“This is something that’s happening for rhinos and elephants and other wildlife in Africa and presents a major challenge to “sustainable use” that is, you can’t guarantee that by starting a program of trade in a place where the animal is in abundance, you won’t drive the animal to extinction through illegal use where they’re still in danger” – “Legalizing Rhino Horn Trade Won’t Save Species, Ecologist Argues,” K. Nowak, National Geographic, 8 January 2015
The best hope remains law enforcement and demand reduction (as advocated by “Tipping Point – The Global Initiative Against Transnational Organized Crime“). The notion that a demand reduction message can be combined with sustaining supply from other means, again seems at best naïve.
What is the DEA’s perspective? I fear it remains pro-trade once private and in-house rhino horn stockpiles are sufficiently aligned.
In 2014, the DEA recommended in “The viability of legalising trade in rhino horn in South Africa” and will no doubt make an approach to CITES for CoP18:
“Taking into account the facts that the mechanisms for controlling a legal trade in South Africa are not yet in place, that the number of rhino horns in private stockpiles are uncertain, and that some private rhino owners are not yet compliant with permitting regulations, it is likely that lifting the moratorium at the present time will lead to laundering of illegal horn into legal stockpiles as well as smuggling of horn out of the country. These acts would tarnish South Africa’s reputation with CITES Parties and could jeopardise future attempts to legalise international trade in rhino horn.”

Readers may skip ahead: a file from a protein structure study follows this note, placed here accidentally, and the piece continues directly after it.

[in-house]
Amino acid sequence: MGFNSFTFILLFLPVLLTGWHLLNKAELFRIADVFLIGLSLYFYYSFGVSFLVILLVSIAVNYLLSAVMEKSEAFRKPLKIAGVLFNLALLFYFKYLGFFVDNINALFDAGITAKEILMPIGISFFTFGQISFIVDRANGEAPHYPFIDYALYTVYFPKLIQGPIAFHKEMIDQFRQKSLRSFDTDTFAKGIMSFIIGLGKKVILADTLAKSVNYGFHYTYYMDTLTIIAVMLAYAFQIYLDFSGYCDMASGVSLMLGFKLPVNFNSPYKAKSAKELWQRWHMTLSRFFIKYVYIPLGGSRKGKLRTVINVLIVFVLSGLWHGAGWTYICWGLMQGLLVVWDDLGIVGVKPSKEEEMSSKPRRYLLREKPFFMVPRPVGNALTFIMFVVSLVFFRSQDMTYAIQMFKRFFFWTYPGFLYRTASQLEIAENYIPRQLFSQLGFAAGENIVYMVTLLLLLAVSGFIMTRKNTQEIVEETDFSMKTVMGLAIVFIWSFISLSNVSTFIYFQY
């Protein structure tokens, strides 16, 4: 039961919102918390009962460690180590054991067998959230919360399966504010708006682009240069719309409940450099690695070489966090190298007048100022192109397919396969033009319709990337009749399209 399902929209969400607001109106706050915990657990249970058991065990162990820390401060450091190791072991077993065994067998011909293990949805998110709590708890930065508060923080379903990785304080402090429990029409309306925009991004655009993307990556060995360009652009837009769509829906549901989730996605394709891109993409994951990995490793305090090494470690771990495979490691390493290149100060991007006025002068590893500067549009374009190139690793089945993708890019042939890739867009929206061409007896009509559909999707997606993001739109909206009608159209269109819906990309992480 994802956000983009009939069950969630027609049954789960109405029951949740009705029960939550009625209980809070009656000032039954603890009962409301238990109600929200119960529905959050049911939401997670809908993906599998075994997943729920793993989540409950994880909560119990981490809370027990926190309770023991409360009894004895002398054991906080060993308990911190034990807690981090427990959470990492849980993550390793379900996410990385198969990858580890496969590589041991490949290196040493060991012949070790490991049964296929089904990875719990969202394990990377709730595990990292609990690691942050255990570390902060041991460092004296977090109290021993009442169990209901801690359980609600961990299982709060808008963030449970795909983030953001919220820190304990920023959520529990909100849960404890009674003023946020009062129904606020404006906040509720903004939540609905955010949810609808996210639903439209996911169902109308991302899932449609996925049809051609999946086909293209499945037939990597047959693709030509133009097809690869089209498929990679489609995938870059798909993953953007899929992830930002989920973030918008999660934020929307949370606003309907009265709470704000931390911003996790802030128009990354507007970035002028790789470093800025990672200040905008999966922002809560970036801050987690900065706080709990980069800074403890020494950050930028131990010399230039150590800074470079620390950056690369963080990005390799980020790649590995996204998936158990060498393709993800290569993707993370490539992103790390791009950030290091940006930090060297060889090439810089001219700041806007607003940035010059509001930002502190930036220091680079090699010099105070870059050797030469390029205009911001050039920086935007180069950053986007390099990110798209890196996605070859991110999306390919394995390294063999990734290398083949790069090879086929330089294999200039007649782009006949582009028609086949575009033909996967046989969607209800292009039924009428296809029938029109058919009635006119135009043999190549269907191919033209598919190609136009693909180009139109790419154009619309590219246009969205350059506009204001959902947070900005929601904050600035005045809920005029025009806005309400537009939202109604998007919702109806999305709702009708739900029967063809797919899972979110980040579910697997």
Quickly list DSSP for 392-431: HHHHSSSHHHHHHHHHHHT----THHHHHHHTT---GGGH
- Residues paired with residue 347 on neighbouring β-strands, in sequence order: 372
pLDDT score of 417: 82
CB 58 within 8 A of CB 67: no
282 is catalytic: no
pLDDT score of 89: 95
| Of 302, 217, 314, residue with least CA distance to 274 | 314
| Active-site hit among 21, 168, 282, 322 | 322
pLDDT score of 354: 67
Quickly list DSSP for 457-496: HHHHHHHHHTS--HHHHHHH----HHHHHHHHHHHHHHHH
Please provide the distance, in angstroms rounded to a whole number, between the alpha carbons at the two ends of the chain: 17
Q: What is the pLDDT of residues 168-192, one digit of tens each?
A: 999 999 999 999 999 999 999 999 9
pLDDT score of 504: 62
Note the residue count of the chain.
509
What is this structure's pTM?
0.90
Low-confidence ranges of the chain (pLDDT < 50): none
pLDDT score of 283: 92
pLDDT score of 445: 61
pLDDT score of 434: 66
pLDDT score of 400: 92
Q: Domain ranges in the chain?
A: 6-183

However, the trust that such ‘compliance’ is achievable and beyond future corruption remains fragile, but regardless, illicit activity will perpetuate as long as there is demand:
“As it stands now, South Africa lacks the conservation management and law enforcement systems to manage domestic trade without corruption playing a role or domestic and foreign illicit trade systems penetrating it” – page 210, “Fluid interfaces between flows of rhino horn,” GLOBAL CRIME, 2017, VOL. 18, NO. 3, 198 – 217
The DEA’s draft regulations for ‘domestic’ trade in rhino horn that were rushed out for ‘comment’ in February 2017 are still to be implemented, but the DEA still has many questions to answer:
- Where is the independent, peer reviewed science that shows ‘domestic’ trade will not in all likelihood, be detrimental the species (and the DEA is not placing unfounded faith in compliance)?
- “Who did the minister consult in drawing up the draft regulations and how did she arrive at a figure of two horns per person?
- How will an already stretched and under-funded regulatory and policing force cope with monitoring internal trade?
- How will she ensure that the horns will not enter the illegal international markets?
- And is this the first step towards South Africa putting forward a proposal for full international trade in rhino horn at the next CITES conference in 2019?“
“Op-Ed: South Africa opens the door to the sale of wildlife parts,” Daily Maverick, Don Pinnock, 5 September 2017
The impasse with regard to the DEA’s stance and potential ambition to obtain international trade in rhino horn is also undermining demand reduction efforts in Vietnam, as Breaking the Brand highlights:
“In speaking to several people working on the rhino horn demand problem, locally in Viet Nam in October 2014, BTB was told that South Africa’s pro-trade/no-trade debate was the key thing slowing the Vietnamese Government’s response to tackling consumption of rhino horn in Viet Nam.